As many as 1,000 Symantec employees could go
Although it beat analyst expectations in its results, Symantec confirmed yesterday evening it would be laying off a number of employees.
It’s been a year of change at Symantec, which showed its CEO Enrique Salem the door in 2012, and now plans to bring its chief financial officer, president of products and services, and chief operating officer into a new Office of the CEO.
It has also split the roles of chairman of the board and chief executive officer. Steve Bennett remains CEO and president. Director Dan Schulman has been made chairman.
Symantec job cuts could hit 1,000
Other restructuring however, will result in job losses at the mid-management level, as Symantec wants to give more power to “front-line” employees. “There will be fewer executives and middle management positions, resulting in a reduction of the workforce. This process is expected to be completed by the end of June 2013,” a statement from Symantec read.
The company said its initial estimate for severance payments would hit approximately $275 million – hinting at significant job losses. A Bloomberg report suggested 1,000 workers – five percent of staff – were to be laid off.
Bennett added: “The next step is to change things that allow us to adapt quicker to the marketplace, and in the end, continue Symantec’s tradition and high standards for delivering tremendous value to our employees, customers, partners and shareholders.”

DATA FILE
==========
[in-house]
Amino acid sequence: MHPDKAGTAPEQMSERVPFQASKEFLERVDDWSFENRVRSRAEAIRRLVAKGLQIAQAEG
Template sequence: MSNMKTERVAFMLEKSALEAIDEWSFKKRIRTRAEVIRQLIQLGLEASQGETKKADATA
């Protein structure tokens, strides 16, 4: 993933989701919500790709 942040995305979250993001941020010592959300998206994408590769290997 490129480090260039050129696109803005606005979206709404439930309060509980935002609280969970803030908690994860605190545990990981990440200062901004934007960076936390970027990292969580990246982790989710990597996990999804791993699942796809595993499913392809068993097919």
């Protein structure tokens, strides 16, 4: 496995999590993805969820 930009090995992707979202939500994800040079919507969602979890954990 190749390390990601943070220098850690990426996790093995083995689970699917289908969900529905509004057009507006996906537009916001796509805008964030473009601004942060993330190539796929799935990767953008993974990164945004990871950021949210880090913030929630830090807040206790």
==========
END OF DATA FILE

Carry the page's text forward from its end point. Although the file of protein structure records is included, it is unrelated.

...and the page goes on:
The announcements came as Symantec’s results beat analyst expectations, with record revenue in its fiscal third quarter. Revenue hit $1.79 billion, up four percent year-over-year.
McAfee decided to stick its oar in, following Symantec’s announcements. “We see Symantec is embracing the McAfee Security Connected strategy but they are four years behind us,” said
“Additionally McAfee has the backing of Intel and has shown how the combination of hardware and software security provides unique advantages which Symantec is in no position to match,” said Mike Fey, worldwide CTO at McAfee.
“Symantec has blinders on when it comes to their view of security and is missing a key part of the equation – network security. The lack of network security leaves gaping holes in an enterprise’s security and puts them at risk. McAfee has a comprehensive portfolio that crosses endpoint, network, the cloud, and mobile all with an integrated management console.”
Symantec had no response to the McAfee criticisms. Both firms have been slammed by smaller rivals for their inability to adapt to modern threats, relying too heavily on old methods for detecting malware.
Companies like FireEye and Palo Alto Networks believe their techniques, which rely more on sandboxing and real-time analysis, are far more capable than those still employed at Symantec or McAfee.
Yet they remain, respectively, the number one and two security companies in the world in terms of revenue.
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